Hi stranger! Signing up for MypetMD is easy, free and puts the most relevant content at your fingertips.

Get Instant Access To

  • 24/7 alerts for pet-related recalls

  • Your own library of articles, blogs, and favorite pet names

  • Tools designed to keep your pets happy and healthy



or Connect with Facebook

By joining petMD, you agree to the Privacy Policy.

PetMD Seal

Pneumonia (Interstitial) in Dogs

ADVERTISEMENT

Interstitial Pneumonia in Dogs

 

Pneumonia refers to an inflammation in the lungs, while interstitial pneumonia refers to a form of pneumonia in which the inflammation occurs in the walls of the alveoli (the air cells of the lungs), or in the interstitium (the spaces between the tissue cells of the alveoli). The alveoli are cellular components of the airway where oxygen and carbon dioxide are exchanged.

 

Interstitial pneumonia can occur in both cats and dogs, with some breeds being more susceptible than others. For example, the West Highland White Terrier and Bull Terrier are believed to be more susceptible to interstitial lung disease, which can lead to secondary interstitial pneumonia. Miniature Dachshunds are most susceptible to infection by Pneumocystis carinii, a parasite transitional between the stages of fungus and protozoa that causes the lung disease pneumocystosis.

 

If you would like to learn more about how this disease affects cats, please visit this page in the PetMD health library.

 

Symptoms and Types

  

Symptoms vary depending on the severity of the disease. Some symptoms that may appear include rapid breathing (tachypnea), coughing, difficulty breathing (dyspnea), mild fever, and discharge from the eyes. Exposure to toxic elements, for example, may also result in gastrointestinal signs, such as vomiting, diarrhea, and a decreased amount of urine production.

 

Causes

 

There is a wide range of conditions that can lead to interstitial pneumonia in dogs. Bronchiolitis obliterans organizing pneumonia, a congenital (birth) defect, is characterized by inflamed airways and surrounding tissues, and increased odds of interstitial pneumonia.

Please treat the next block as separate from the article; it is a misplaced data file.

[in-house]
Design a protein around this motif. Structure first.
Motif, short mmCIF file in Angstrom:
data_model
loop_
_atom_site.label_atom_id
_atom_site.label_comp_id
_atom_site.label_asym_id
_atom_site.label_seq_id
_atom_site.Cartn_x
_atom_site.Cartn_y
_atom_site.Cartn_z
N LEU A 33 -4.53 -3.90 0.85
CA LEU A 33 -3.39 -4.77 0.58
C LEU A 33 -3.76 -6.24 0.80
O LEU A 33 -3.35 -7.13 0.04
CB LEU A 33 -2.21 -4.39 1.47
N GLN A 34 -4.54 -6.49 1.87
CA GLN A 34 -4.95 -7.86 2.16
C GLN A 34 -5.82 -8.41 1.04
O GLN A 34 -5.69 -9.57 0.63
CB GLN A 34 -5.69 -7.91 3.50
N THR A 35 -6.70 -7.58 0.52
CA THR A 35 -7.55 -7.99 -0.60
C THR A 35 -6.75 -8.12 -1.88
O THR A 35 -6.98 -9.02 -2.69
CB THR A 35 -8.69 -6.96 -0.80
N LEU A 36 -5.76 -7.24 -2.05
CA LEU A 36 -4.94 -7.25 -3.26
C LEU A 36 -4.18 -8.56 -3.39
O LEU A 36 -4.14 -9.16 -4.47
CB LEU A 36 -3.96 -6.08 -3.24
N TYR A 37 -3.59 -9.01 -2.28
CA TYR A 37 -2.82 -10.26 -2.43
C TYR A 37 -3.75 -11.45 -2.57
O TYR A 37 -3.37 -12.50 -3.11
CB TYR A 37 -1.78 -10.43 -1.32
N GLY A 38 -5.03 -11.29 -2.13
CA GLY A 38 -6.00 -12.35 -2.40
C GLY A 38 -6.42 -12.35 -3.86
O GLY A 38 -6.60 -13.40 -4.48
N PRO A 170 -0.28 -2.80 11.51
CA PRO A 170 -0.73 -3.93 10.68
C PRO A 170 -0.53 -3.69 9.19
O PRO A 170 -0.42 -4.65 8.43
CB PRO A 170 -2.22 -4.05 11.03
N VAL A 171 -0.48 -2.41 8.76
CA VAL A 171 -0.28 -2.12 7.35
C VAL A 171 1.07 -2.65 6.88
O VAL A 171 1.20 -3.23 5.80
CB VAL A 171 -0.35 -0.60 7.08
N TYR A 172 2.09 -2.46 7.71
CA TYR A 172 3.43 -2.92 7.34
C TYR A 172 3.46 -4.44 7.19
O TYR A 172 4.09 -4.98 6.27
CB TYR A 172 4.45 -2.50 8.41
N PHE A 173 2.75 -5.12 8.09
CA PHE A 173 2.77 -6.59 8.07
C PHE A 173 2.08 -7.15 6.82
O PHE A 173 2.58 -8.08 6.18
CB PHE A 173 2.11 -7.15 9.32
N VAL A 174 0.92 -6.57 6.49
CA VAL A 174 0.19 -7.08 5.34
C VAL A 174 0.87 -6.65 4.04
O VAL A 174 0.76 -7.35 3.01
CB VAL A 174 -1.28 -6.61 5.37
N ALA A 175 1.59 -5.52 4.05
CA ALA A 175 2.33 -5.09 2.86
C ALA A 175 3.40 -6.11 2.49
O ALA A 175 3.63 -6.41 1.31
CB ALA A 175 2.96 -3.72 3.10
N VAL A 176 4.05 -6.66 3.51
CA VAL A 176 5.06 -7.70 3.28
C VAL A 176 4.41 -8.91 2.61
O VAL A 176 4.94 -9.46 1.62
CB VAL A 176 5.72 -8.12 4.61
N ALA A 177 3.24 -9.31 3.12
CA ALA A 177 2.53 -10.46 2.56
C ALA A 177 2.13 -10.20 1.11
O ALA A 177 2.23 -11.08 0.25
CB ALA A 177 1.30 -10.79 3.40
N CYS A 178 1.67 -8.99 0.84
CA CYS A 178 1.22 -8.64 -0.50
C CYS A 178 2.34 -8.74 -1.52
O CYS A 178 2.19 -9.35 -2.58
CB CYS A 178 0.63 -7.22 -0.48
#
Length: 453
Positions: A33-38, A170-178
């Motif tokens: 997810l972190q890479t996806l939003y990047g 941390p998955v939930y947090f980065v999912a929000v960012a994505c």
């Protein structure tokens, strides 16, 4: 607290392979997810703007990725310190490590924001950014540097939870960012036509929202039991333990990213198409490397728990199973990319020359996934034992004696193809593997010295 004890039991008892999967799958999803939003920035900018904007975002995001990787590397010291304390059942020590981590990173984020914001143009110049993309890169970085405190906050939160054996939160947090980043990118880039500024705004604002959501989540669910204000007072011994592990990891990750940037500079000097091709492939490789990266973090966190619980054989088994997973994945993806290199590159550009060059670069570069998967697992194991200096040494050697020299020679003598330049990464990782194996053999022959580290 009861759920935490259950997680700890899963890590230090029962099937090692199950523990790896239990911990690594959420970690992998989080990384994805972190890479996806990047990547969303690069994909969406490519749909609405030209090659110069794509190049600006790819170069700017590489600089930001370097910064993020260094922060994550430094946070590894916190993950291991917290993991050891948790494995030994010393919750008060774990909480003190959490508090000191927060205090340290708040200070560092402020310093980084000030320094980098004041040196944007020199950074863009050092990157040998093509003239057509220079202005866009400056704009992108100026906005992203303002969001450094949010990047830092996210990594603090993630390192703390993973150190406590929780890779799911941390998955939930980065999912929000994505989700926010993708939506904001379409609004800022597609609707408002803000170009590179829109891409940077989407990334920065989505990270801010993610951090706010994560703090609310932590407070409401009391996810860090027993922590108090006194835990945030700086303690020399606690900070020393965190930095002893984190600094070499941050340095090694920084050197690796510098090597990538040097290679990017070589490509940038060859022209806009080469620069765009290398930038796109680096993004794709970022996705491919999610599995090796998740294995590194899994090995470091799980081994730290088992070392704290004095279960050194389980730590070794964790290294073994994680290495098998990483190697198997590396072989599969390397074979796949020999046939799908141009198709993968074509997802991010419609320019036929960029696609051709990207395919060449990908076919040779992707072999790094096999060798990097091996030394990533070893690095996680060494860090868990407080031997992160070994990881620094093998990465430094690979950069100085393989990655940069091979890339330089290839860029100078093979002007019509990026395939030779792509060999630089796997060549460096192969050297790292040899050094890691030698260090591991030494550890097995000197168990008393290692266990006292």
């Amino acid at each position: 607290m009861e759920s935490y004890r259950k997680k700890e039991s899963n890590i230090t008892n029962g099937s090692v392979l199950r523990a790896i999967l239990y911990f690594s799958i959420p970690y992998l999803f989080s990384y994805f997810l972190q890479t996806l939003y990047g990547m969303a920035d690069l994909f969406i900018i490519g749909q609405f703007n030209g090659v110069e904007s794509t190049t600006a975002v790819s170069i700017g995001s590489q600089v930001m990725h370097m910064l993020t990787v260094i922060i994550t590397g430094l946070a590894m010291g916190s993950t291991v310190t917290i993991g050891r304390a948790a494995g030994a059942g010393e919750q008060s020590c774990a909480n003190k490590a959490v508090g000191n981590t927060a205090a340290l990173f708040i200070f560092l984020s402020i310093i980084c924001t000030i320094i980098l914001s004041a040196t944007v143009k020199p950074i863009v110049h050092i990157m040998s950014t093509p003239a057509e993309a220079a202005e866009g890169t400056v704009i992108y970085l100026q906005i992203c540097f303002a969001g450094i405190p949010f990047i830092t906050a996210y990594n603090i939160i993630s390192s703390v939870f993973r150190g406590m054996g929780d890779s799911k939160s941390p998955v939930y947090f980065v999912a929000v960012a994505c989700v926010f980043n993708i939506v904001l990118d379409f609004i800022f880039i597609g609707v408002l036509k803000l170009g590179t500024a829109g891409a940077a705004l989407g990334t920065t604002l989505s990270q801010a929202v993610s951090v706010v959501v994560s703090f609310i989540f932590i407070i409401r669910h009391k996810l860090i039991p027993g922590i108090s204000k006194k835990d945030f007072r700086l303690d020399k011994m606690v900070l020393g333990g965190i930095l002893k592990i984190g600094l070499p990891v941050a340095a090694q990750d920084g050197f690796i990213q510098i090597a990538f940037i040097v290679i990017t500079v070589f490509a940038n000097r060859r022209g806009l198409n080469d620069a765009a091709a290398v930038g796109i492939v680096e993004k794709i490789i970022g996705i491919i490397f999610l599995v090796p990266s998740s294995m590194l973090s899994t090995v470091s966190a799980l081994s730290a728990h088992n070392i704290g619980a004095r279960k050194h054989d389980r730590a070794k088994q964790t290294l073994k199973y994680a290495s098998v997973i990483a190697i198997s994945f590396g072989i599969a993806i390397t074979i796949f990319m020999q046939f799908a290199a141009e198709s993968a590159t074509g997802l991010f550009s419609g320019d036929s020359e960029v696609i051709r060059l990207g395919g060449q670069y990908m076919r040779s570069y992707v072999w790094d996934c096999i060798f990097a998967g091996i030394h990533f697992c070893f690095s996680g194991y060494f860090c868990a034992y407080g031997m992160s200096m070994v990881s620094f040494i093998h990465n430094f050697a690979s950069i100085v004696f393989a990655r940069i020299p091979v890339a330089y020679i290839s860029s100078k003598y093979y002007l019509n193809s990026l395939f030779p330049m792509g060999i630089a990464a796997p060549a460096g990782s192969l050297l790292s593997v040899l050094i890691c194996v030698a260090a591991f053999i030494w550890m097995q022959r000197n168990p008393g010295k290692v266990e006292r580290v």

Other causes include lung cancer, and metabolic disorders such as uremia, in which excess levels of urea and other nitrogenous waste products, which normally are excreted through the urine, appear in the blood.

 

Exposure to toxic elements through inhalation of dust, gas, or vapor, are also suspect in the diagnosis of causative factors.

 

Diagnosis

 

There are a wide variety of diagnostic procedures that can be used if symptoms related to interstitial pneumonia appear, including a urine analysis, blood tests, x-ray imaging of the pleural cavity (the area between the chest wall and lungs), and an electrocardiography (ECG) test, used for measuring the electrical impulses of the heart, and for the detection of irregular heart rhythms related to increased pressure on the lungs.

 

Two more diagnostic procedures that are common when pneumonia is suspected are a tracheal wash, which involves a collection of the fluids and substances lining the trachea (the respiratory airway through which air is transported), and a bronchoscopy, by which a small tube with a tiny camera attached is inserted into the mouth and led into the bronchial airway so that a visual inspection can be made.

 

 

Treatment

 

Dogs with severe symptoms should be actively treated in hospital. This is especially important if your dog is exhibiting respiratory distress, in which case an oxygen mask will be used for administering oxygen therapy. Antimicrobial medication to prevent secondary bacterial infection is often prescribed.

 

Additional medication is dependent upon the underlying cause for the interstitial pneumonia; your veterinarian will advise you on the appropriate medications and home treatment.

 

Living and Management

 

Following initial treatment, activity should be restricted, and exposure to any harmful substances, such as dust, vapor, chemical fumes, or tobacco smoke, should be avoided. Administer medications on a regular basis and in full, as prescribed by your veterinarian, and schedule regular follow-up visits.

 

Prevention

 

While there are many causes of interstitial pneumonia, there are a few things dog owners can do to help prevent the development of this disease.

 

  1. Properly vaccinate your dog.
  2. Bring it to your veterinarian for regular deworming.
  3. Place inhalation hazards, such as materials that give off toxic fumes, in a safe and secure area that is out your pet's reach.

 

Related Articles

Acute Respiratory Distress Syndrome (ARDS) in...
Acute Respiratory Distress Syndrome (ARDS) refers to a condition of sudden respiratory...
READ MORE
Fluid in the Lungs in Dogs
Pulmonary edema is identified as the buildup of fluid in the lungs. It is often associated...
READ MORE
Fungal Infection (Blastomycosis) in Dogs
Blastomycosis is a systematic yeastlike fungal infection caused by the organism Blastomyces...
READ MORE
  • Lifetime Credits:
  • Today's Credits:
Hurry Before All Seats are Taken!
Enroll
Be an A++ Pet Parent! Take fun & free courses to earn badges & certifications. Choose a course»

Latest In Dog Nutrition

5 Tips to Keep Your Senior Dog Healthy
Senior dogs have different health requirements than younger dogs. Here are some tips...
READ MORE
How Obesity May Shorten Your Pet's Lifespan
Obesity is a nationwide epidemic for our pets. Unfortunately, being obese can shorten...
READ MORE
The Role of Exercise in Pet Weight Loss
Exercise is beneficial for our pets in many ways, including weight loss, and here's...
READ MORE
Around the Web
MORE FROM PETMD.COM